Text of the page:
When performing reverse engineering on a software created by a compiler such as C or C++, we can see how the stack is manipulated.
Before calling a function, each parameter value is pushed on the stack. The function is then called with the instruction "CALL" which perform two operations : it push the current instruction pointer on the stack, then perform a "JUMP" by over-writing the instruction pointer with the address of the function.
The first operation performed when entering a function is to add a specific constant to the stack pointer. The constant is equal to the number of bytes needed by all the local variables. Adding a constant is like performing a number of pushes all at once. This is a very efficient way to reserve a frame on the stack. However, it does mean that local variables are not initialized before they are first used.
Every part of the function which needs to access a local variable will use an indexed instruction. In other words, it can read/write any variable without first pop-ing any value from the stack.
In the case of x86 processor, since it lacks instructions to access the stack pointer, the convention is to copy the value of the stack pointer to another register, EBP, which does have indexing address mode. The register EBP is copied before reserving the space for the local variables. The beauty of this convention is that all parameters are using positive index values and all local variables are using negatives values.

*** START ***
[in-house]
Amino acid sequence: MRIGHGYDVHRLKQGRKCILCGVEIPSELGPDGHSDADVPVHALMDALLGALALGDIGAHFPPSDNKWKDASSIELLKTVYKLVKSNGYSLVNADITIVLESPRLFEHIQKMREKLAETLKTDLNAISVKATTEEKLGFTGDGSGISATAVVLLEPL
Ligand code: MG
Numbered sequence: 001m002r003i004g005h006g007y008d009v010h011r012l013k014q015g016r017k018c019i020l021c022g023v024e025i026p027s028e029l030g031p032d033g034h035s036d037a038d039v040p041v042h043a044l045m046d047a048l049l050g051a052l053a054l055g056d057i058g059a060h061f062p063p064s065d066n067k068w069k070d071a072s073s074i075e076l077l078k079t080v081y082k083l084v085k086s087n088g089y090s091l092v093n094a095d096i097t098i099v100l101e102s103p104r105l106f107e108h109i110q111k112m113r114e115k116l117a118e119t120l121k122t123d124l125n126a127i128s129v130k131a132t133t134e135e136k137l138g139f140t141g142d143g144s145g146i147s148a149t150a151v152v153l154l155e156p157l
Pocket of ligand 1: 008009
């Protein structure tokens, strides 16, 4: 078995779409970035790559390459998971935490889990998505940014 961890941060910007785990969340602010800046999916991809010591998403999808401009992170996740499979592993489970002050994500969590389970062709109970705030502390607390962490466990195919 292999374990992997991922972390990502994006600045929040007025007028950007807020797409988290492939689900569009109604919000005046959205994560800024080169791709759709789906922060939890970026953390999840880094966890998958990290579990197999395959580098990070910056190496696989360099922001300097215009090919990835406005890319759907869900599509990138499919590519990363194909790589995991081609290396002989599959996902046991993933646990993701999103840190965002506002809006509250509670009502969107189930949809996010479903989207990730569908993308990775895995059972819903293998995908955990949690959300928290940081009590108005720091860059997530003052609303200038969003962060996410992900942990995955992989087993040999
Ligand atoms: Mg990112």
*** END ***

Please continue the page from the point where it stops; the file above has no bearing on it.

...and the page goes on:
Final remark: when a compiler uses aggressive optimization techniques, the reverse engineered code may be very hard to understand. For example, if a local variable is used only near the top of a function, the compiler may pop it out. After executing that line, the index value used is adjusted to take account of the updated stack pointer. Another optimization which makes lots of sense is for the compiler to use a register for some local variable instead of reserving space on the stack. The reverse engineered code would show that the index used on the stack would effectively have values not assigned to some local variables.